Updated Mar 14, 2020 - Politics & Policy

House passes coronavirus emergency aid package with Trump's endorsement

Nancy Pelosi. Photo: Nicholas Kamm/AFP via Getty Images

The House passed a sweeping coronavirus relief package shortly before 1 a.m. EST on Saturday with a 363-40 vote after President Trump declared a national emergency over the virus outbreak.

Driving the news: President Trump endorsed the deal Friday evening on Twitter, prior to its vote in the House.

Why it matters: Securing the White House's backing is a critical step in clearing a legislative logjam that will allow Congress to move forward despite intense partisan gridlock.

  • Senate Majority Leader Mitch McConnell cancelled the chamber's planned recess to take up the package, though McConnell had derided House Democrats' first stab at coronavirus legislation as an "ideological wishlist."

Details: The package seeks to address many of everyday Americans' concerns as businesses and schools continue to shut down amid the outbreak. It includes:

  • Free coronavirus testing for everyone who needs a test, including the uninsured.
  • Two weeks of guaranteed paid sick leave, as well as increased family leave.
  • Increased support for unemployment benefits.
  • Works to strengthen programs that provide school lunches for students who rely on them.
  • A bump in Medicaid funding.

What they're saying: "As the Senate works to pass this bill, the House will begin work on a third emergency response package to protect the health, economic security and well-being of the American people. We will do so in continued consultation with scientists, researchers, health care professionals, public health officials and community leaders, so that we can craft the most effective, evidence-based response," House Speaker Nancy Pelosi said in a statement on Friday.

  • “It was remarkably irresponsible and out of touch for Senator McConnell to send senators out of town for the weekend in the middle of this public health crisis and before the House passed this vital people-focused legislation. Senator McConnell and Republicans should pass this legislation as is immediately so it can get to the president’s desk so he can sign it right away," Senate Minority Leader Chuck Schumer said in a statement on Friday.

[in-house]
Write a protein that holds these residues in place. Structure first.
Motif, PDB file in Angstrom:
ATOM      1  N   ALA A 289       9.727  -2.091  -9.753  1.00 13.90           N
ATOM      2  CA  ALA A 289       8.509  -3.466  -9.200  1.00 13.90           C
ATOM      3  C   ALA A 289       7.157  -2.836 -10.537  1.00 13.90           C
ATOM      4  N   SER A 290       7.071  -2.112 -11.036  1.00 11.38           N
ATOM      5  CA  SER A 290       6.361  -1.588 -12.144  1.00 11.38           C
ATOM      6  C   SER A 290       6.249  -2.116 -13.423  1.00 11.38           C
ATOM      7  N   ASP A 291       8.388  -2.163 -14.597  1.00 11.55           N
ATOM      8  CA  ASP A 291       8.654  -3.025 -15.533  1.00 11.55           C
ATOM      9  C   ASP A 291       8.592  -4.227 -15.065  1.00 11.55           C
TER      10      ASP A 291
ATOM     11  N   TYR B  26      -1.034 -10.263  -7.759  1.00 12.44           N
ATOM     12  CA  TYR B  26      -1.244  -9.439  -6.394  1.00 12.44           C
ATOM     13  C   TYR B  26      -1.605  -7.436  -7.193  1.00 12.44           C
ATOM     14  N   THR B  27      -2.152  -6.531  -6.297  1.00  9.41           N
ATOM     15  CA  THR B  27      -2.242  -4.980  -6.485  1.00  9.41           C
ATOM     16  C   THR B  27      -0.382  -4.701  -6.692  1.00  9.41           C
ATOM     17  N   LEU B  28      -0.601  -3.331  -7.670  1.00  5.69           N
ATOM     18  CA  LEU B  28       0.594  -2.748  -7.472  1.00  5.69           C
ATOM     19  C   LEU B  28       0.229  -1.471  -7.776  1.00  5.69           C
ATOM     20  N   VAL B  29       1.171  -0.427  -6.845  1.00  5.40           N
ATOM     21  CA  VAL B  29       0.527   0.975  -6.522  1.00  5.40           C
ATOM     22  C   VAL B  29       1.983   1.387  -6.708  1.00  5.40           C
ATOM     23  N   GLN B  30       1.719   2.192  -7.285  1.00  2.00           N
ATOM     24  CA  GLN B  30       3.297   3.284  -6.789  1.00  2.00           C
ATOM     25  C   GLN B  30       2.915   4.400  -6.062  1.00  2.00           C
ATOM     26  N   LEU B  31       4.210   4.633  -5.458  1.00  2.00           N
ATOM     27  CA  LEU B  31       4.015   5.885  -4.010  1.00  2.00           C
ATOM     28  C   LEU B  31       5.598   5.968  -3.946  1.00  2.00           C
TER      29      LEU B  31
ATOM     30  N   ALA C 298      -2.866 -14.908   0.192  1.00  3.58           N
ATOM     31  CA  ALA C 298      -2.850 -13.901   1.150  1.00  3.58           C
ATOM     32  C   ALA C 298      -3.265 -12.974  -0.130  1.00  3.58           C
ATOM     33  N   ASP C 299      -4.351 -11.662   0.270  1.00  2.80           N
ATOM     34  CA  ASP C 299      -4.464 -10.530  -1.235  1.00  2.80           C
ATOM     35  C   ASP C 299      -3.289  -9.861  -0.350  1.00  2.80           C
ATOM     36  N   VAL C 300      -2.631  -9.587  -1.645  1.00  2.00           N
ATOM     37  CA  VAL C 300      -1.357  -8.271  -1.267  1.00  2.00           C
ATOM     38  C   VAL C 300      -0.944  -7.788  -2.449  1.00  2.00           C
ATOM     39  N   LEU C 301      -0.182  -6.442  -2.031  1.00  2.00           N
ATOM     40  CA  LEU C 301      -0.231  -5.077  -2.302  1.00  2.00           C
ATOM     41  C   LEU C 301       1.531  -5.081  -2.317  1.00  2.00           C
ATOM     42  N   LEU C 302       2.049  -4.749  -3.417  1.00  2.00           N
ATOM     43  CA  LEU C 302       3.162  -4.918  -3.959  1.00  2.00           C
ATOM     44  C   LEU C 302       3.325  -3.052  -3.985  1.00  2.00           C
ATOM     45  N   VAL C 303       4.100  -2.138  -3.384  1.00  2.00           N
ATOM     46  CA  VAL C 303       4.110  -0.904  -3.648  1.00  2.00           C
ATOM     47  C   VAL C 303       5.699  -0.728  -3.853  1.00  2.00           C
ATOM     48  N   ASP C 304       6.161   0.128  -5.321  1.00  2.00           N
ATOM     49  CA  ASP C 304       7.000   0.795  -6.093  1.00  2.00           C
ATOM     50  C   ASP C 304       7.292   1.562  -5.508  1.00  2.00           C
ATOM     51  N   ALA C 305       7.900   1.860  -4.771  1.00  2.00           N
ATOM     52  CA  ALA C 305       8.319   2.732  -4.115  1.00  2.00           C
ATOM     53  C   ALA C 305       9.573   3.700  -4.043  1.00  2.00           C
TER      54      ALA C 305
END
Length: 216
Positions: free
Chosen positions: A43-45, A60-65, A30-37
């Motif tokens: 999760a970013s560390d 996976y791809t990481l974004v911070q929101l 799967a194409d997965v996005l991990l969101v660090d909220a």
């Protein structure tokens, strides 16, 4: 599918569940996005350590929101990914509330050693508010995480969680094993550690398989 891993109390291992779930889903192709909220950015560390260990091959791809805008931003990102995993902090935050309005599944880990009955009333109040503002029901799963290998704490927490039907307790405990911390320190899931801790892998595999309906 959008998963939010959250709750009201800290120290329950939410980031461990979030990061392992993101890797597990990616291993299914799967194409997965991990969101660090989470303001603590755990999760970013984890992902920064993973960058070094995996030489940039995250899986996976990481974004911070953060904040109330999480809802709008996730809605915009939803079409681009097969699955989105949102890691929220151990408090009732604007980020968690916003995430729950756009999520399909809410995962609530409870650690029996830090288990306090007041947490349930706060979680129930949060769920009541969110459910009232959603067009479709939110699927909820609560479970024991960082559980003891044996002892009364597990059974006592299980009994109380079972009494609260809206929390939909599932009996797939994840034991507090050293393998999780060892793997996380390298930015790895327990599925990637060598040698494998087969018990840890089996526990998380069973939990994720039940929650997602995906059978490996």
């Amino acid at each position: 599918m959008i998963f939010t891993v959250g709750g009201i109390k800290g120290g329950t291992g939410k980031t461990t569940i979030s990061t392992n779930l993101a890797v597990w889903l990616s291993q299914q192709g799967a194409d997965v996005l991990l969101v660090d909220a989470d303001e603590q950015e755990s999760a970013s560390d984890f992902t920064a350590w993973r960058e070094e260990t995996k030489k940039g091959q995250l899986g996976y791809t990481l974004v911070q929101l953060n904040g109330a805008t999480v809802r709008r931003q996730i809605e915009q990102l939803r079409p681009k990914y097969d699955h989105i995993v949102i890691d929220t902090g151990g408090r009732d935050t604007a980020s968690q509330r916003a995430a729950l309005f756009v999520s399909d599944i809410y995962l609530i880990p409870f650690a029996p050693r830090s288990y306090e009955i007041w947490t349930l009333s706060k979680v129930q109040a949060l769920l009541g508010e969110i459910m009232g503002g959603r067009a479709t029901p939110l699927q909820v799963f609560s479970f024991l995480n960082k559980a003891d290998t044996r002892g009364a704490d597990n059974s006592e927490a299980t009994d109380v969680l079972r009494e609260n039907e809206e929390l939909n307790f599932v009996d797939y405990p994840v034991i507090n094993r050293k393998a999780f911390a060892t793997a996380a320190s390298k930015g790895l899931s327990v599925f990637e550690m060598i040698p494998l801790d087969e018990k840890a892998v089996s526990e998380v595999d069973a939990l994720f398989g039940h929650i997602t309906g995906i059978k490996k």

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White House, Congress reach deal on $2 trillion coronavirus relief package

Senate Majority Leader Mitch McConnell leaves a meeting in the Strom Thurmond Room during negotiations in Washington, D.C. Photo: Chip Somodevilla/Getty Images

After days of intense negotiations, the White House and Republican and Democratic Senate leaders struck a bipartisan deal early Wednesday over a $2 trillion stimulus package designed to ease the economic impact of the coronavirus outbreak.

Why it matters: The emergency legislation that Senate Majority Leader Mitch McConnell (R-Ky.) promised to pass later Wednesday will deliver vital aid to workers, small businesses, corporations and health care providers under strain from the illness, which has infected more than 55,000 people in the U.S. and killed more than 800.

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Recorded deaths from the novel coronavirus surpassed 9,600 in the U.S. Sunday night, per Johns Hopkins data. The death toll in the U.S. has risen over 1,000 every day since April 1.

Why it matters: U.S. Surgeon General Jerome Adams said on Sunday this upcoming week will be "the hardest and saddest week of most Americans' lives" — calling it our "our Pearl Harbor, our 9/11 moment."

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Clyburn says House coronavirus committee won't investigate Trump

House Majority Whip Jim Clyburn (D-S.C.) said on CNN's "State of the Union" Sunday that the coronavirus committee created by Nancy Pelosi (D-Calif.) will oversee how the $2 trillion stimulus bill is distributed during the pandemic, not the federal government's initial response to the virus.

What he's saying: "This is not about the president of the United States or even the independent counsel or the inspector general. This is about focusing on how the money is spent, whether or not the people who are getting the money are actually working on behalf of the American people, or whether or not they are profiteering."